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JB, SD, SP, LM designed study; SD, SP, RK, TH performed experiments; AKS, KGM, SS recruited study donors and analyzed clinical parameters including CD4 counts of the donors’ samples; JB wrote the manuscript with help of all the authors. All authors read and approved the final manuscript.
We are thankful for the excellent support of the donors for help with collection and providing plasma samples. We thank Dr. Albert Cupo, Prof. John P. Moore and the members the SOSIP trimer HIVRAD team, Weill Cornell Medical College, New York for providing us with BG505.SOSIP.664 plasmid DNA and purified protein and Dr. Richard Wyatt, The Scripps Research Institute for TripleMut protein through the IAVI Neutralizing Antibody Consortium (NAC). The following reagents were obtained through the NIH AIDS Reagent Program, Division of AIDS, NIAID, NIH: RSC3 from Drs. Zhi-Yong Yang, Peter Kwong, Gary Nabel and pSG3Δenv: from Drs. John C. Kappes and Xiaoyun Wu. We thank Dr. Tripti Shrivastava for the 4-2.J41 gp120 construct used for preparing the monomeric gp120. The Translational Health Science & Technology Institute, NCR Biotech Science Cluster, Faridabad has filed a patent relating to the autologous HIV-1 clade C envelope clones: India Provisional Application no. 201611004727, titled “Isolated nucleotide sequences useful for the prevention of HIV-1 infection” with inventors J. Bhattacharya, S. Deshpande, S. Patil, R. Kumar, K.G Murugavel. IAVI’s work was made possible by generous support from many donors including: the Bill & Melinda Gates Foundation; the Ministry of Foreign Affairs of Denmark; Irish Aid; the Ministry of Finance of Japan; the Ministry of Foreign Affairs of the Netherlands; the Norwegian Agency for Development Cooperation (NORAD); the United Kingdom Department for International Development (DFID); and the United States Agency for International Development (USAID). The full list of IAVI donors is available at www.iavi.org. The contents are the responsibility of the International AIDS Vaccine Initiative and do not necessarily reflect the views of USAID or the United States Government.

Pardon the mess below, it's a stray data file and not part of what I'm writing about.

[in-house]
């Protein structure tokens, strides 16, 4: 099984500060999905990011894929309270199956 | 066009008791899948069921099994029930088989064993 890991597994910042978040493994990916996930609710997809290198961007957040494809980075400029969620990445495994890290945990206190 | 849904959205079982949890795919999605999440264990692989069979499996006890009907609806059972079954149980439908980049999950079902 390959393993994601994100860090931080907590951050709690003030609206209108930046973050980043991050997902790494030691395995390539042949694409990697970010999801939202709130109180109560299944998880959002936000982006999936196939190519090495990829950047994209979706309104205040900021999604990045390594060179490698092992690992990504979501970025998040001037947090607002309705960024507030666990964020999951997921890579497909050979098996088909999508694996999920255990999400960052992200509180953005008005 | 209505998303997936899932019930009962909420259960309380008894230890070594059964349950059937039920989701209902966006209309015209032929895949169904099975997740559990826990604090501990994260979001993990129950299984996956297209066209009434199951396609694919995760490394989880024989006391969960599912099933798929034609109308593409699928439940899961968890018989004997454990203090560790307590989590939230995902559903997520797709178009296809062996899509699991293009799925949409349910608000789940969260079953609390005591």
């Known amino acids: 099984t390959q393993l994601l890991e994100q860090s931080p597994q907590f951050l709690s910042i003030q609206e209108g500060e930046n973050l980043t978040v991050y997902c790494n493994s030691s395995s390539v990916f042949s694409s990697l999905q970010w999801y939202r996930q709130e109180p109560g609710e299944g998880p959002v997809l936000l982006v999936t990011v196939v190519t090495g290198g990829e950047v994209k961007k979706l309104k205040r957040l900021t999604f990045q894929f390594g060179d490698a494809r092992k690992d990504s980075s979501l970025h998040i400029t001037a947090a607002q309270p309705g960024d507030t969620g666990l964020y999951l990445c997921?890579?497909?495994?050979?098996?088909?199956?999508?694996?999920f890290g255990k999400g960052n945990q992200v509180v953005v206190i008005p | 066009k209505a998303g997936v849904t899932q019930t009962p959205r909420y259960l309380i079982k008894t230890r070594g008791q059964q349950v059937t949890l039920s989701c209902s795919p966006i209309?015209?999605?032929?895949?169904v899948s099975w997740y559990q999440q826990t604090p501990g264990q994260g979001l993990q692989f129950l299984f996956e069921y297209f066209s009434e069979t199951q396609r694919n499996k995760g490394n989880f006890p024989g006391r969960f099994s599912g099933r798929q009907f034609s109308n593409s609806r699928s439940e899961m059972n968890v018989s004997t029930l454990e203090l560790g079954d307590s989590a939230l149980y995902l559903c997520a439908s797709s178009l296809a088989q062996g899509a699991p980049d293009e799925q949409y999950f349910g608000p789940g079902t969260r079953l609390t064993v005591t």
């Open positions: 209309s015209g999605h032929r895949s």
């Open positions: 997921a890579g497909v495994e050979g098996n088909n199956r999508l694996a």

The authors declare that they have no competing interests.
The HIV+ plasma samples were obtained from Indian donors who were chronically infected for at least 3 years and were ART naïve at the time of blood collection following approvals of the institutional Ethics Committee of the YRG Care, Chennai and the Health Ministry Screening Committee (HMSC), Ministry of Health and Family Welfare, Government of India. Blood samples were collected after obtaining the informed consents (approved by the YRG Care Institutional Ethics Committee) from the participating donors.
This work was primarily supported by the funding support from the Department of Science & Technology, Government of India to JB (DST/INT/SAFR/Mega-P3/2011) and partly by the DBT National Bioscience Award grant to JB (BT/HRD/NBA34/01/2012-13(iv)) and partly by the IAVI-THSTI HIV vaccine design program through the Department of Biotechnology, Govt. of India.
Suprit Deshpande and Shilpa Patil contributed equally to this work